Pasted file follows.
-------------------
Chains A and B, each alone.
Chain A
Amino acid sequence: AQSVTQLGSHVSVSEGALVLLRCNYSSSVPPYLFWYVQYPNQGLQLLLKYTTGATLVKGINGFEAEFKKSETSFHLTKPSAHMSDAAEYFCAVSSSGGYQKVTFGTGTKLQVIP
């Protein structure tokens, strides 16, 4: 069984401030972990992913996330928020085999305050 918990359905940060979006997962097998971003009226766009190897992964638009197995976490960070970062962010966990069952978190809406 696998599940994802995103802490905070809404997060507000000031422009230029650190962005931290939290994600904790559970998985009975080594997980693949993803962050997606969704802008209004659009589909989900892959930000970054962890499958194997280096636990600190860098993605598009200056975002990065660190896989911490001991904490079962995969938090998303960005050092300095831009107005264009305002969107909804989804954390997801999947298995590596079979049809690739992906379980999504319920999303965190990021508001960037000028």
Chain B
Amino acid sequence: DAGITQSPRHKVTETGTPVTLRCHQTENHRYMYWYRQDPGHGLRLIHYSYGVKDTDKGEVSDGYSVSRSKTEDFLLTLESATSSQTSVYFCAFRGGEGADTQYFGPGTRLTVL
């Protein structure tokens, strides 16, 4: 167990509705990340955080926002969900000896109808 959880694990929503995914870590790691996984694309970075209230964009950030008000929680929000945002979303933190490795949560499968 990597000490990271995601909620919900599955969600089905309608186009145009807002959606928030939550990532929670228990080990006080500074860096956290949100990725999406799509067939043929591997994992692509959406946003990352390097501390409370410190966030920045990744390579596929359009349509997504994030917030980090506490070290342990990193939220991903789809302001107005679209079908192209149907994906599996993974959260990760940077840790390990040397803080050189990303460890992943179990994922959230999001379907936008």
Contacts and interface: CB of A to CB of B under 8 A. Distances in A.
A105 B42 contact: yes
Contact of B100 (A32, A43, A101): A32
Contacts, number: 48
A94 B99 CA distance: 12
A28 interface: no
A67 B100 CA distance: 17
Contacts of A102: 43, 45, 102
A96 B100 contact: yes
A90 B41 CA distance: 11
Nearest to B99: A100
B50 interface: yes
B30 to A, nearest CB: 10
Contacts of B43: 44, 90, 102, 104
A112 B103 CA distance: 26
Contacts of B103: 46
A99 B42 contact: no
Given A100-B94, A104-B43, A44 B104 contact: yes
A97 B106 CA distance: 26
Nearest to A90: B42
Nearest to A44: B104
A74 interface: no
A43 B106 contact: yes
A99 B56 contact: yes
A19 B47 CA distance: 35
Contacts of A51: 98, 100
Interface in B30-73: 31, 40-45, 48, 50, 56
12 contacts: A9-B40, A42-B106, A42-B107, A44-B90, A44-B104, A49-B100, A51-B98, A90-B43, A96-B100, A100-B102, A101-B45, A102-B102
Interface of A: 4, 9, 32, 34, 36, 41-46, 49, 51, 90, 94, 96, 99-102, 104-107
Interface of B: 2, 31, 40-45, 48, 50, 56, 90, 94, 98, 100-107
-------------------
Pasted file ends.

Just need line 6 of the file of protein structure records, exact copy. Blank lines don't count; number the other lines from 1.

Amino acid sequence: DAGITQSPRHKVTETGTPVTLRCHQTENHRYMYWYRQDPGHGLRLIHYSYGVKDTDKGEVSDGYSVSRSKTEDFLLTLESATSSQTSVYFCAFRGGEGADTQYFGPGTRLTVL